The Michigan Daily - Wednesday, March 8, 2006 - 5
What are we missing.
Why you should want to be offended.
DONN M. FRESARD / FRM TH im EDITOR
T here's a rea-
son why the 12
boxes on this
page are blank, and
I'll get to that. But
first, a few words about
what's been filling the
boxes on the opposite
page. Over the past few
months, the Daily and
its editors have seen
intense criticism for printing several editorial
cartoons that student leaders in some minor-
ity communities have found racist, demean-
ing or otherwise offensive.
The most controversial of these cartoons
portrayed a high school classroom full of
dark-skinned students and one white stu-
dent. At the front of the classroom, a black
teacher tells the class that they can all expect
special preferences when applying to college
- except for Bob, the lone white student.
Trn~ini inthr rlauvna s ah...+ aiP -
didn't earn their way into the University.
But being offended is part of living and par-
ticipating in a liberal and pluralistic society.
When we're all free to express ourselves, we
will all come across expression that offends
our sensibilities. Besides, when a common but
faulty argument appears on an editorial page,
it provides the opportunity for a rebuttal - a
chance to change minds.
Not everyone felt that way. Student leaders,
arguing that the cartoon was "objectively racist,"
demanded retractions and printed apologies.
Later, a committee of the University's faculty
senate even argued that it was potentially illegal
- that the caricature of "an institutional policy
favoring diversity" could, by encouraging a
"racially hostile learning environment," violate
federal equal-protection laws.
In other words, if you have qualms about
affirmative action, keep quiet - we know
we're right, your views are offensive, and it's
wrong for you to express them.
It's also strikingly similar to the reason-
ing that has recently led Muslim extremists
to riot, burn and kill in response to an act of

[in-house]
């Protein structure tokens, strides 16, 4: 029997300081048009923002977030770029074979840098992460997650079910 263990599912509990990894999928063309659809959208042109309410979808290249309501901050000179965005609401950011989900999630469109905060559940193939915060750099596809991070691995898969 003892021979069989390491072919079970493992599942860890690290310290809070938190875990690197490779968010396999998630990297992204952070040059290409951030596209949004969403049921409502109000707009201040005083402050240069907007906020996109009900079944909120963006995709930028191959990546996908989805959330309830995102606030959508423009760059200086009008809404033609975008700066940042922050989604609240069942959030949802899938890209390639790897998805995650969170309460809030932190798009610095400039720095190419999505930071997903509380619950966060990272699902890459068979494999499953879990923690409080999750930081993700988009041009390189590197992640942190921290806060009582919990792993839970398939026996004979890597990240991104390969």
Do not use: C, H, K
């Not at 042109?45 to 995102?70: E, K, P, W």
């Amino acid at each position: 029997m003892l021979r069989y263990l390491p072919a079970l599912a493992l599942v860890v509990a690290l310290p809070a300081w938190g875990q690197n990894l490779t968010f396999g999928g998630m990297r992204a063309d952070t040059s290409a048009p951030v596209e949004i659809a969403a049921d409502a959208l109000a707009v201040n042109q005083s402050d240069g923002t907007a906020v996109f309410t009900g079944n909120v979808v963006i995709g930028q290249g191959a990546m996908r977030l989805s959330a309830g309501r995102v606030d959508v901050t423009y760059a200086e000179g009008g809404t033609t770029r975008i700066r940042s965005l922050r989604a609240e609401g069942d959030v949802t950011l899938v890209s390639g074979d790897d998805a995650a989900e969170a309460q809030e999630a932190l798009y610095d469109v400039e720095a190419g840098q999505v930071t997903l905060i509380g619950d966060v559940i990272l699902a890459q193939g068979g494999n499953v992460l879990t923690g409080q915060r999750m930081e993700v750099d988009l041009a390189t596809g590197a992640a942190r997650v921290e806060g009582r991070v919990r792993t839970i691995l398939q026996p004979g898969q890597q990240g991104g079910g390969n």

One of the pillars of liberal society is
that people are free to openly believe
in or criticize any religion without
fear of reprisal. To understand the Danish
cartoon controversy, we must realize that for
the Danes and some other Europeans, this
basic principle is in real peril. When the Jyl-
lands-Posten dared a slew of cartoonists to
draw the Prophet Muhammad last Septem-
ber, the possibility of violent retaliation by
Muslim extremists was very real; a Dutch
filmmaker had been killed and a Danish lec-
turer had been assaulted for offending radi-
cal Muslims. Recent reports indicate that all
12 cartoonists are now in hiding, fearful for
Thankfully, expressing an idea in this coun-
trv ill rrely ~,nut iue in nhxvgircu1dangr.r1But
though, so in America we have activists and
sensitive citizens to enforce the rules. People
with unpopular or unconventional opinions
on religion and especially race are better off
avoiding the topics in public.
In the same category are people who are
prone to saying things without thinking them
through. There are no thoughtless mistakes,
just racist people.
The culture I'm talking about makes it nearly
impossible for people to honestly debate sensi-
tive issues in public. That's counterproductive.
Since the Enlightenment, liberal Western
societies have resolved disputes and questions
through open discussion. If an idea that Islam is
a violent religion, that genetics might account
for differences in gender equality, that affirma-
tive action does more harm than good is wrong,
then rational argument or science will prove
it wrong. If we as a society want to discredit
patently false ideas like Irving's, destroying
his arguments in the open is a far better option
than silencing him with orison. Sunligrht. a
reotypes; few come away knowing how to
engage those who don't agree or don't under-
stand. Maybe that's because the University
was until recently in the habit of threatening
those people with suspension under its speech
code. The effect of all this seems to be a cam-
pus that is shamefully self-segregated and too
nervous to talk about it.
This is why progressives, especially on this
campus, should realize that their goals are
best served by putting the politics of offense
behind them and embracing liberalism. If
an idea upsets you, rather than attacking it
as offensive, try to prove it wrong. It won't
always be comfortable; it shouldn't be.
In the interest of free debate, the Daily will
continue to print cartoons that may occasion-
ally offend you. That's an inevitable part of
being a newspaper, and a campus newspaper
especially should be a place where ideas are
exchanged freely. It would be much easier for
us to simply pull all cartoons that are poten-
tiallv offensive. hut we would be doniz the